There we have the same sum of squares matrices (since they don't depend on whether a factor is fixed or random.) The covariance matrix there is \begin{align*} \Sigma & \stackrel{(a)}{=} \sigma^2_{id} (I \otimes J \otimes J) + \sigma^2_{id * Xw1} (I \otimes C \otimes J) + \sigma^2_{R()} (I \otimes I \otimes I) \\ & = \sigma^2_{id} (3)(3) (A_{\mu_0} + A_{id}) + \sigma^2_{id * Xw1} (3) (A_{Xw1} + A_{id * Xw1}) + \sigma^2_{R()} (A_{\mu_0} + A_{id} + A_{Xw1} + A_{id * Xw1} + A_{R()}) \\ & = ((3)(3)\sigma^2_{id} + \sigma^2_{R()})A_{\mu_0} + ((3)(3)\sigma^2_{id} + \sigma^2_{R()}) A_{id} + ((3)\sigma^2_{id * Xw1} + \sigma^2_{R()}) A_{Xw1} + ((3)\sigma^2_{id * Xw1} + \sigma^2_{R()}) A_{id * Xw1} + \sigma^2_{R()} A_{R()}, \end{align*} where $J$ is the matrix of all ones. The first and last summand on the right hand side of equality (a) offer intuitive explanations: the first summand shows that there's an additional source of correlation among observations with the same $\mathrm{id}$, and the third summand shows, as in the two-way example, the base source of variation. This second summand is less intuitive, but among observations with the same \mathrm{id}, it can be seen as increasing variation between observations with same $\mathrm{Xw1}$ while decreasing variation between observations with different $\mathrm{Xw1}$, due to the shape of $I \otimes C \otimes J$.

Also, since all of the terms related to $\mathrm{id}$ are random, the mean is just due to $\mathrm{Xw1}$, so that $\mathbb{E} [y_{ijk}] = \mu_{j} = \mu_0 + \mathrm{Xw1}_j$, or $\mu = \mathbf{1} \otimes (\mu_1, \mu_2, \mu_3) \otimes \mathbf{1}$.

Notice that, related to condition $(1)$: we have $$\frac{c_{Xw1} }{c_{id * Xw1}} = \frac{(3)\sigma^2_{id*Xw1} + \sigma^2_{R()}}{(3)\sigma^2_{id*Xw1} + \sigma^2_{R()}} = 1,$$ while $$\frac{c_{Xw1}}{c_{R()}} = \frac{(3)\sigma^2_{id*Xw1} + \sigma^2_{R()}}{\sigma^2_{R()}} \neq 1.$$ Further, related to condition $(3)$ both $\mu^T A_{Xw1*id} \mu = 0$ and $\mu^T A_{R()} \mu = 0$. Also, related to condition $(2)$: we see that \begin{align*} \mu^T A_{Xw1} \mu & = \|A_{Xw1} \mu\|_2^2 \\ & = \|(\bar{J} \otimes C \otimes \bar{J}) (\mathbf{1} \otimes (\mu_1, \mu_2 \mu_3)' \otimes \mathbf{1}) \|_2^2 \\ & = (20)(3) \|C (\mu_1, \mu_2 \mu_3)'\|_2^2 \\ & = (20)(3) \sum_j (Xw1_j)^2. \end{align*}

Therefore, if the denominator sum of squares was the residual $\mathrm{R(id * Xw1)}$ like before, there would be both conditions $(1)$ and $(2)$ in the null hypothesis---since those are the two conditions that aren't satisfied without assumptions. However, if we were to use denominator sum of squares as the interaction, since condition $(1)$ is already satisfied, the null hypothesis would just be condition $(2)$. So, as you mention in your question, these different denominators just amount to different null hypotheses.

This analysis technique we use allows the choice of which null hypothesis is being tested to be transparent. Indeed, we can see this by writing out the conditions mentioned in the previous paragraph more explicitly. Using the denominator as the residual sum of squares forces us to test $Xw1_j = 0$ for all $j$ and $\sigma^2_{id * Xw1} = 0$, while using the denominator as the interaction sum of squares allows us to simply test $Xw1_j = 0$ for all $j$.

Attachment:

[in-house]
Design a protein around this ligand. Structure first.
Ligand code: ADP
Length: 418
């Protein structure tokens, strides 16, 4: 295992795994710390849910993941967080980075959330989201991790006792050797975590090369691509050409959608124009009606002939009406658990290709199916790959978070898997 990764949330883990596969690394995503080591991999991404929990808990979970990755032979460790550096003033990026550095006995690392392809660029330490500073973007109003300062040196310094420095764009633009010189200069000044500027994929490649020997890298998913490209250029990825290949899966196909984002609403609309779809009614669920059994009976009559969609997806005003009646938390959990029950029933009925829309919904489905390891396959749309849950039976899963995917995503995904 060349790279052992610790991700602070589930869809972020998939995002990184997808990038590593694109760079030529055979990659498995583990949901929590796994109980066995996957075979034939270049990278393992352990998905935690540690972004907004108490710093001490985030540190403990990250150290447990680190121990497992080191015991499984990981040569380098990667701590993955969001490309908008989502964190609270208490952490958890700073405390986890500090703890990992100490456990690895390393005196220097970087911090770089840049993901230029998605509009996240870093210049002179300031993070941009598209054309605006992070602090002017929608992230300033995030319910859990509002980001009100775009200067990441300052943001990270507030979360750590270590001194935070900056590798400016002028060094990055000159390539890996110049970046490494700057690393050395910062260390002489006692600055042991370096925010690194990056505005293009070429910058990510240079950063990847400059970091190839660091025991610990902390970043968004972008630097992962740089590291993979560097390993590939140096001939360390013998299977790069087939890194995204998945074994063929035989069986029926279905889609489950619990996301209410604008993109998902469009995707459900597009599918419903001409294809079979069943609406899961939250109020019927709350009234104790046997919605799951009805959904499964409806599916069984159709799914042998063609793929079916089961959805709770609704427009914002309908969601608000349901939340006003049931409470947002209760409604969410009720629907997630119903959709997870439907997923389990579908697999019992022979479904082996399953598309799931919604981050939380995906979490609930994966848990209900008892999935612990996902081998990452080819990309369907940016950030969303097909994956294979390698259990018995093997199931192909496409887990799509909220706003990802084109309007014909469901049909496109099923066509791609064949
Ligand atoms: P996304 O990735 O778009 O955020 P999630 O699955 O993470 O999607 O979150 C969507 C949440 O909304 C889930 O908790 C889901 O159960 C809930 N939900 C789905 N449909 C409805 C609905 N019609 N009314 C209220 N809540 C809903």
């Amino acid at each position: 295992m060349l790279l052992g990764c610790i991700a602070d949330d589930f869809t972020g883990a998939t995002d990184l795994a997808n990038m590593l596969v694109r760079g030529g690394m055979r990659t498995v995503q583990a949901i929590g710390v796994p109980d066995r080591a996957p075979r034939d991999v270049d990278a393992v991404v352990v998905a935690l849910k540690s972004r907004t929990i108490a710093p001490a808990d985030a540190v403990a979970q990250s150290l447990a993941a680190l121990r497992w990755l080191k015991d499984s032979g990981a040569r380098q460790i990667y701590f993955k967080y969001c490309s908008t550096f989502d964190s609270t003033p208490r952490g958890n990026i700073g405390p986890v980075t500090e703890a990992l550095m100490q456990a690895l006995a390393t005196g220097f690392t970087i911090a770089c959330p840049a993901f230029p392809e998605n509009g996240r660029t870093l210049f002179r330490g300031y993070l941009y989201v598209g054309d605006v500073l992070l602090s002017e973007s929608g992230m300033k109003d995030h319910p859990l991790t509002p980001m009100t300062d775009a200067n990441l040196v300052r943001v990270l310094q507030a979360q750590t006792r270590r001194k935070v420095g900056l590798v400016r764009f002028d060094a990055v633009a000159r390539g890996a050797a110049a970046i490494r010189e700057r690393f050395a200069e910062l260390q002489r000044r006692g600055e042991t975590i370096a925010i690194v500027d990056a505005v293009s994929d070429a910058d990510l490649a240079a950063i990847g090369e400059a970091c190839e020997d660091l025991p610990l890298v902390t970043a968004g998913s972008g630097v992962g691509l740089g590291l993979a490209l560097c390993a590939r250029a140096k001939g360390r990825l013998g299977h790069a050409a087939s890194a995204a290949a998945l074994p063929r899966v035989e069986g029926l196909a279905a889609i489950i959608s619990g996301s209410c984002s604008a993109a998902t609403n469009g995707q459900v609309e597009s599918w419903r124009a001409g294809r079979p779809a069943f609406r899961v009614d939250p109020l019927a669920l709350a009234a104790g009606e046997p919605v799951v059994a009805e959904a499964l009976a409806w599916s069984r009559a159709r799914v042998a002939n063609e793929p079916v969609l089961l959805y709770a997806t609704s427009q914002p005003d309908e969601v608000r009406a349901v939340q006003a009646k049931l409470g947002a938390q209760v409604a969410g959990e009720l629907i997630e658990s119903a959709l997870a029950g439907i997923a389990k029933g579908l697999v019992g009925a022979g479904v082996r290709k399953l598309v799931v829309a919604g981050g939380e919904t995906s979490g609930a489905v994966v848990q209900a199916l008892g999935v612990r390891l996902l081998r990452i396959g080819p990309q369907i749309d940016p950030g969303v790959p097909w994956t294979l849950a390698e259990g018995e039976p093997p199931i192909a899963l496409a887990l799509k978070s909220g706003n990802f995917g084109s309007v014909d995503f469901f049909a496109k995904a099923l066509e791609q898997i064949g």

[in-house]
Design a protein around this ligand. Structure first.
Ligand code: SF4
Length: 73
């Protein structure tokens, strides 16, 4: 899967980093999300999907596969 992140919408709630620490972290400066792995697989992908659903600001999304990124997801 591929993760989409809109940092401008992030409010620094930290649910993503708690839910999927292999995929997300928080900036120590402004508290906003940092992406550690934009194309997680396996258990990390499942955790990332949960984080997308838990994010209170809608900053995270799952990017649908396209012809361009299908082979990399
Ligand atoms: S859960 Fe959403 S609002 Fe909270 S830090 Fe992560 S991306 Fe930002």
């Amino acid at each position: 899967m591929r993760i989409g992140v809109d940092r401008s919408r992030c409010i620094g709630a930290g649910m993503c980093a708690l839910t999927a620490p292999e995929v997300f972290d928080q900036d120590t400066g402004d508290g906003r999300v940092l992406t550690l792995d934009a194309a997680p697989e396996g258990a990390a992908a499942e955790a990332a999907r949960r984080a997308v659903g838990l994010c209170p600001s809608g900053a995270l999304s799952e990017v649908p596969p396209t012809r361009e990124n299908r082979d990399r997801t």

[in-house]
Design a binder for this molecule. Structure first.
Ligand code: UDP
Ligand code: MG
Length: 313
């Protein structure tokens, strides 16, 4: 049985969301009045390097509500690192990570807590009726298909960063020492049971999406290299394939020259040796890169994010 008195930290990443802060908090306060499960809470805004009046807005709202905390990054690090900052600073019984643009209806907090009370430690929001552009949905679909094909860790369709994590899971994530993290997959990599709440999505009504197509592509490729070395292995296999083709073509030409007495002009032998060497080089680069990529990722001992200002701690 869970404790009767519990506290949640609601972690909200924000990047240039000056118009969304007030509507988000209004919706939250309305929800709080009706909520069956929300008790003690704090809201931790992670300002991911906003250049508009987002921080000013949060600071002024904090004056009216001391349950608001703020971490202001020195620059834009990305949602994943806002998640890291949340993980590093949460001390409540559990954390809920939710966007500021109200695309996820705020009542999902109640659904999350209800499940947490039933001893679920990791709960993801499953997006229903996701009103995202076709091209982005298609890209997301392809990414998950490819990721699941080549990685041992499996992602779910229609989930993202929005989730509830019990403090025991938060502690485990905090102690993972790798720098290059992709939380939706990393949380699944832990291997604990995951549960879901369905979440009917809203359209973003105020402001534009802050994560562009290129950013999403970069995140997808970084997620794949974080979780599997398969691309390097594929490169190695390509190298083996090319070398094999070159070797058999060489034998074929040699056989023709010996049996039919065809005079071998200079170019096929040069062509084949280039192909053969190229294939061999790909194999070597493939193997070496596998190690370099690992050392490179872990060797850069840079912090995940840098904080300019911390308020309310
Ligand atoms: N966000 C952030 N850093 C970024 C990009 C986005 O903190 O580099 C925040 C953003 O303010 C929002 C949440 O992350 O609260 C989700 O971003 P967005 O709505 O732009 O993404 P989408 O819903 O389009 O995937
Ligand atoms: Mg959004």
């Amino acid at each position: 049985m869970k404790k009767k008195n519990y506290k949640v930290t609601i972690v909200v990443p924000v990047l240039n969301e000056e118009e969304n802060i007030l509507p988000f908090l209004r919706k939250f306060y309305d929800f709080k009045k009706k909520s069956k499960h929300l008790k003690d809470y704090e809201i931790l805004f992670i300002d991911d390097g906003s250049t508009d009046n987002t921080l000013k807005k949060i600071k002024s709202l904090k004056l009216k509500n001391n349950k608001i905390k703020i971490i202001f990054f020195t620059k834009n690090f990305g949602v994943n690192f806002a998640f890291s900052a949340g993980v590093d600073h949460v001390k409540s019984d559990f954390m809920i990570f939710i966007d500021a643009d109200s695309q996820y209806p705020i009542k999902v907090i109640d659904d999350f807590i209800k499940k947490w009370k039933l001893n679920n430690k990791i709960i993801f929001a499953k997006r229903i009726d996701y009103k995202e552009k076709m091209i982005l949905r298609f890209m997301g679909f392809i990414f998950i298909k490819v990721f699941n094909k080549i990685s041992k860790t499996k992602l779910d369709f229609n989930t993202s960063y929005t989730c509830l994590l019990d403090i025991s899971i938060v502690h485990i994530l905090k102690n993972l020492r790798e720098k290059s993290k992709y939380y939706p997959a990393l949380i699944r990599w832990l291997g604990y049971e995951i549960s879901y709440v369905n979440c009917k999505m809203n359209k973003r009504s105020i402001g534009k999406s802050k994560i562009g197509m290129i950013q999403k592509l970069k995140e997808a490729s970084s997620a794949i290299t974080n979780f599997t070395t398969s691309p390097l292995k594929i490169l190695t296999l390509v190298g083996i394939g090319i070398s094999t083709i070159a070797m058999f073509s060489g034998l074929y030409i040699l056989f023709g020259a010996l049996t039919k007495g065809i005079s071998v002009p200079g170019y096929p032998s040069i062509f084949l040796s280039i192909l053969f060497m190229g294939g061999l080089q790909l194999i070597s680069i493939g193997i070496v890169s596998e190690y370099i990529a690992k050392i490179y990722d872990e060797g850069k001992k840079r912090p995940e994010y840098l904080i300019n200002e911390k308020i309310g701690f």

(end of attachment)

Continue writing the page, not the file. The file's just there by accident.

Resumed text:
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  • $\begingroup$ +1. Wow, thanks a lot. It will take me some time to digest this answer. I am not very familiar with the mathematical theory of hypothesis testing in linear models, so this is a bit hard to understand. I might come back to you with some questions in the following days. I was more expecting to get an answer in the style of the example on pp. 2-3 of this paper jakewestfall.org/publications/JWK.pdf, where expected mean squares are computed in several fixed-vs-random situations and everything follows from there. It looks like you are talking about the same thing, but more formal. $\endgroup$ – amoeba says Reinstate Monica Jun 23 '17 at 21:59
  • $\begingroup$ I've included an example. (They can get pretty long to write out!) I think it takes some time to get comfortable with kronecker product manipulations, but, after that, this is more easily understandable. Also, I keep finding typos in the answer. Please let me know if you think there's any! $\endgroup$ – user795305 Jun 27 '17 at 20:50
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    $\begingroup$ Whew, that's a lot of math! The question seems much more conceptual to me, I'll see if I can find the time add an answer in words. $\endgroup$ – Aaron - Reinstate Monica Jun 28 '17 at 2:53
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    $\begingroup$ @Aaron since amoeba asked for a comprehensive answer and about extending this problem to other scenarios, I figured it would be worthwhile to provide a full explanation of $F$ tests in ANOVA. The answer got notationally heavy just because there's a lot of computation involved when doing it in a fully generalizable way. (Although, to be clear, the most math involved is evaluating the norm of a projected vector.) I'd be very interested to see a more conceptual answer that fully explains the intricacies that I introduced (more than a little) notation to explain. Please do post if you have time! $\endgroup$ – user795305 Jun 28 '17 at 3:58